Sleep in Kim Jong-il’s bed

The power had gone out. I was lying on the floor in the pitch black, listening to waves crashing on the beach outside, wondering whether the late North Korean leader Kim Jong-il had heard similar sounds as he fell asleep here.


For two nights in 2006, “Dear Leader” slept in the same bed I was lying in: just a traditional, Korean-style mattress rolled out on the floor. Fortunately, kitchen stove channels heated the wood from below, keeping it warm even when the electricity failed – a regular occurrence given North Korea’s notoriously unstable power supply.

Kim Jong-il’s visit marked the opening of the Mt Chilbo Homestay – one of the few homestays in North Korea, if not the only one, that is allowed to host foreigners. (All foreigners, that is, except for Americans, who are allowed to visit during the day but cannot spend the night.) While the owners are proud that Kim Jong-il was a guest, they do not publicise which bed he slept in, or that visitors can stay there: doing so would be seen as disrespectful to the late leader. I was able to pinpoint his room only by befriending a guide, who let me in on the secret.

Billed by tour operators as an opportunity to see how locals live, Mt Chilbo is located in North Korea’s remote northeast – a forested region of stunning natural beauty. But as one might expect, parts of the experience felt staged. The 20 houses, for example, looked nothing like the average North Korean homes that we could see just beyond the electric fence at the property’s entrance. The houses of the neighbouring village – whose name we weren’t told and which we weren’t allowed to photograph – looked dark and dank, with villagers washing their clothes in the stream. The two-storey homestay accommodations, meanwhile, had running water, an (admittedly erratic) electricity supply and televisions proudly displayed in every living room.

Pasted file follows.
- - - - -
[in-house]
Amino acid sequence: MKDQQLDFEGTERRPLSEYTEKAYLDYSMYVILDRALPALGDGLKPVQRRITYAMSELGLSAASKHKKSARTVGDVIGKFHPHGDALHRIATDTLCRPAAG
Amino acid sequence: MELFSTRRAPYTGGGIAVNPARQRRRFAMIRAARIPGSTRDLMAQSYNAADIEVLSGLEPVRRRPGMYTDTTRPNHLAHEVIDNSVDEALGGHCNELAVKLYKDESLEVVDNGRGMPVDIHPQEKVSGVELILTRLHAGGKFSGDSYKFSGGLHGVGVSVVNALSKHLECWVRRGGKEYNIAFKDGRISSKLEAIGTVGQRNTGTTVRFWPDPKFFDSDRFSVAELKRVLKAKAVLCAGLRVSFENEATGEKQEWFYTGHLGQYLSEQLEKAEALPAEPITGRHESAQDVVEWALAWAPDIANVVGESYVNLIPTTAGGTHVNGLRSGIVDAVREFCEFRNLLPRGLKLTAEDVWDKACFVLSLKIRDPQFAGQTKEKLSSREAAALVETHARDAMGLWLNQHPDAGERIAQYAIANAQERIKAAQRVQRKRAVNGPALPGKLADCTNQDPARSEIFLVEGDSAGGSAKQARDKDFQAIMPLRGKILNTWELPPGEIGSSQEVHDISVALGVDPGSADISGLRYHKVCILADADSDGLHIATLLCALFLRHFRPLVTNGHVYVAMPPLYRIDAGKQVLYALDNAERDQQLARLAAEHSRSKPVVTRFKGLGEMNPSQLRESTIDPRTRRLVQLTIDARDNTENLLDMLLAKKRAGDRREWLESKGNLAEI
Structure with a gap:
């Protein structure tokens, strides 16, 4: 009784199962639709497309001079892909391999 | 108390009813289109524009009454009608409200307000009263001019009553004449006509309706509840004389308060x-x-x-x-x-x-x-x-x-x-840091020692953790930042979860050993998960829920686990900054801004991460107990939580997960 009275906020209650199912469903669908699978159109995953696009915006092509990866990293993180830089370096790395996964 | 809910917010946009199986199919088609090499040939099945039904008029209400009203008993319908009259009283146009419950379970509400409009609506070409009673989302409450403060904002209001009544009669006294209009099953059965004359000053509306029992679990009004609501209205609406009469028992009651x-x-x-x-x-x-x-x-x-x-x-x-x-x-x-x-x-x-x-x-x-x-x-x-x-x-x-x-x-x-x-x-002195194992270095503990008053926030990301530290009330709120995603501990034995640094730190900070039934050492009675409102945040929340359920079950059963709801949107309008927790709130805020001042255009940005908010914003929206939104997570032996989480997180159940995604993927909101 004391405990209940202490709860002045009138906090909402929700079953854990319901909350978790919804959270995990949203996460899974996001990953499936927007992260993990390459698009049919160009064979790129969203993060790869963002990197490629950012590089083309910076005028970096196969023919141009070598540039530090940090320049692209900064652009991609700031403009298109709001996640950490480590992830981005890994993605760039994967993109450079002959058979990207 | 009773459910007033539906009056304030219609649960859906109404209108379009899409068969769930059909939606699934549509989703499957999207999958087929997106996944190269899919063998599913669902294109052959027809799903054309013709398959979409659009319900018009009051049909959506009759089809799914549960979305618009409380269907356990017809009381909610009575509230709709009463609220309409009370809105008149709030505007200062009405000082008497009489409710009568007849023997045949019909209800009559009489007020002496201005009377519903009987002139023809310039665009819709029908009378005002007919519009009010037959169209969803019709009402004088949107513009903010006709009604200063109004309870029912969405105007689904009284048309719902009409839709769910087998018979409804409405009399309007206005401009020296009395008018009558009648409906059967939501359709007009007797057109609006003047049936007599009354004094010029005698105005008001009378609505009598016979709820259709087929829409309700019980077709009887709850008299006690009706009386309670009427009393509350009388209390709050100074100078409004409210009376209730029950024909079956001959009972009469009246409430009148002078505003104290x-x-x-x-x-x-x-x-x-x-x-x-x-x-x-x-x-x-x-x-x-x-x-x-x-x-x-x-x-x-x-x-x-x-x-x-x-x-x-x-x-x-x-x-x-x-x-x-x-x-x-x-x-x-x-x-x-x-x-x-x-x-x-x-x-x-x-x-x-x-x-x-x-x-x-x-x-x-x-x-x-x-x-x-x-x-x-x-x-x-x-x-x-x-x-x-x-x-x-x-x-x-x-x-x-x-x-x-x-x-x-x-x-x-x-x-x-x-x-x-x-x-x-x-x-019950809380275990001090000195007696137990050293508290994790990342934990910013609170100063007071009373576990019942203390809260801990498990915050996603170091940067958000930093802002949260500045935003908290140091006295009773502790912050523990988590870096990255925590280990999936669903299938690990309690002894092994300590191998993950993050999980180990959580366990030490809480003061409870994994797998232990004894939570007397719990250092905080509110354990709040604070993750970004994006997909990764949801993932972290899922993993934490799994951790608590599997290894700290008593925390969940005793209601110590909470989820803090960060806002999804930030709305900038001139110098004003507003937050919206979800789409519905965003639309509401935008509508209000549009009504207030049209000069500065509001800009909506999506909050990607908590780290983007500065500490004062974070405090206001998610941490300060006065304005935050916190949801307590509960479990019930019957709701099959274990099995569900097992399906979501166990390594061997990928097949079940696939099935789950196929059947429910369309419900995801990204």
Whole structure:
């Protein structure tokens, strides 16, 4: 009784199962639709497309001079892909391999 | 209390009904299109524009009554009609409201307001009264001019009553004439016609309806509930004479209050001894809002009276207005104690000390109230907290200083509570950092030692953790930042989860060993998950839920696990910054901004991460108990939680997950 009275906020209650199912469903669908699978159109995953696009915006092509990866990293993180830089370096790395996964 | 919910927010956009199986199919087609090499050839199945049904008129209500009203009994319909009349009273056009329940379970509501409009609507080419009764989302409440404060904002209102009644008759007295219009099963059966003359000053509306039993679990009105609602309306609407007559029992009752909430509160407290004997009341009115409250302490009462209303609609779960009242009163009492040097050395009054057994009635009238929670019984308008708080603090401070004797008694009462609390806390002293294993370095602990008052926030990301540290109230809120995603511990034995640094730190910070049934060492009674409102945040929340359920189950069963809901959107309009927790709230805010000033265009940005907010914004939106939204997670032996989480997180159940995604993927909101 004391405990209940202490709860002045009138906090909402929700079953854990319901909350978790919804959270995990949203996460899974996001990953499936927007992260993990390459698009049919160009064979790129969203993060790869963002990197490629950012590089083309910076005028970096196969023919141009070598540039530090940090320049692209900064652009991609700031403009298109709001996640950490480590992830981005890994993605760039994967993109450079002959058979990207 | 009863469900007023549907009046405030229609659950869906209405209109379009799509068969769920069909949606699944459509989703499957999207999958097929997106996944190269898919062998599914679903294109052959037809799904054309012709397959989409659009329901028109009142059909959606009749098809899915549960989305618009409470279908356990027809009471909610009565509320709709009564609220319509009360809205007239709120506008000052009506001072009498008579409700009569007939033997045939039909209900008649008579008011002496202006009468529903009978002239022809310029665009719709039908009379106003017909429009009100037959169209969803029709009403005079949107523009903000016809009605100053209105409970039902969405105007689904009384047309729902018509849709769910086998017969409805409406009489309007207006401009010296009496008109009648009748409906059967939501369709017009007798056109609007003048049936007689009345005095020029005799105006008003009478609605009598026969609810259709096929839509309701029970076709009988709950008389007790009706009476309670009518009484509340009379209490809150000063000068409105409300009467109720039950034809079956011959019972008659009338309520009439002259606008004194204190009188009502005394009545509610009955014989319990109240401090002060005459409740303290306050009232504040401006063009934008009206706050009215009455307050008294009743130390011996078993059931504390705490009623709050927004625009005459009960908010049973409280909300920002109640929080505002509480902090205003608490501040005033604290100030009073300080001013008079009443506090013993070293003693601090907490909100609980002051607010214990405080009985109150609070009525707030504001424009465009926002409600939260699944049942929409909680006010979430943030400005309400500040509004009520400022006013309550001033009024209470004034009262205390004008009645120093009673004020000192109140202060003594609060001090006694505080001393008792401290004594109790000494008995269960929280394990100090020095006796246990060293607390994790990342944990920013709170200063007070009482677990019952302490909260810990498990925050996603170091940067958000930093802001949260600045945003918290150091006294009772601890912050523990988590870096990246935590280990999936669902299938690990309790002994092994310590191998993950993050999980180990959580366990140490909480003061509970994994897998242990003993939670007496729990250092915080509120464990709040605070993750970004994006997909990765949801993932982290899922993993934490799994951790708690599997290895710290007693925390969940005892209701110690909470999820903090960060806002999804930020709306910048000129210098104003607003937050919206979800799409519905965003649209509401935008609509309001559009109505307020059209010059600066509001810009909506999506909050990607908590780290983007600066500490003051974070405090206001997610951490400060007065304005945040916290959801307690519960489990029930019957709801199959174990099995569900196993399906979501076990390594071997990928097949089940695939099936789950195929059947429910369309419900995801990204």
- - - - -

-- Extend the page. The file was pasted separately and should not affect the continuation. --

But opting for a homestay like Mt Chilbo does have its benefits. Not only do guests have the unusual opportunity to mix with North Koreans who are not guides and minders, but they also can wander around the homestay grounds – rare freedoms in a country where visitors are always within sight of a tour bus and a guide is never more than a few metres away.

Going beyond the perimeter fence, however, is absolutely out of bounds. A guard checks the gate at sunrise to make sure no one has tried to slip out.

Throughout Mt Chilbo there were reminders of the dictator’s hold on the country. In House 16, where I stayed, portraits of Kim Jong-il and his son Kim Jong-un hung side by side in the living room, just as in every other home across the country. Here, however, was another photograph of Kim Jung-il: wearing his trademark dark shades, he is pictured walking up the paved pathway outside House 16, a party of officials and military men following him. A family of four is lined up to greet him.

182 BBC 3Now in their early teens, the children in the picture easily remember Kim Jung-il’s visit; it was a landmark event in their lives. With a few words of English and plenty of excited gesticulating, they explained that he spent two nights in the guest room upstairs, which hadn’t been redecorated since his stay. With a retro 1960s feel that is common in North Korea (in many respects, the country has been frozen in time since the Kim dynasty took power in 1948), the walls were neatly wallpapered, as was the ceiling, and there were yellow polyester curtains and a vase filled with plastic flowers. A lacy white cover enshrouded the electric fan. I had to stoop to see myself in the full-length mirror – but that wouldn’t have been a problem for the house’s most prestigious visitor; he was1.6 metres tall.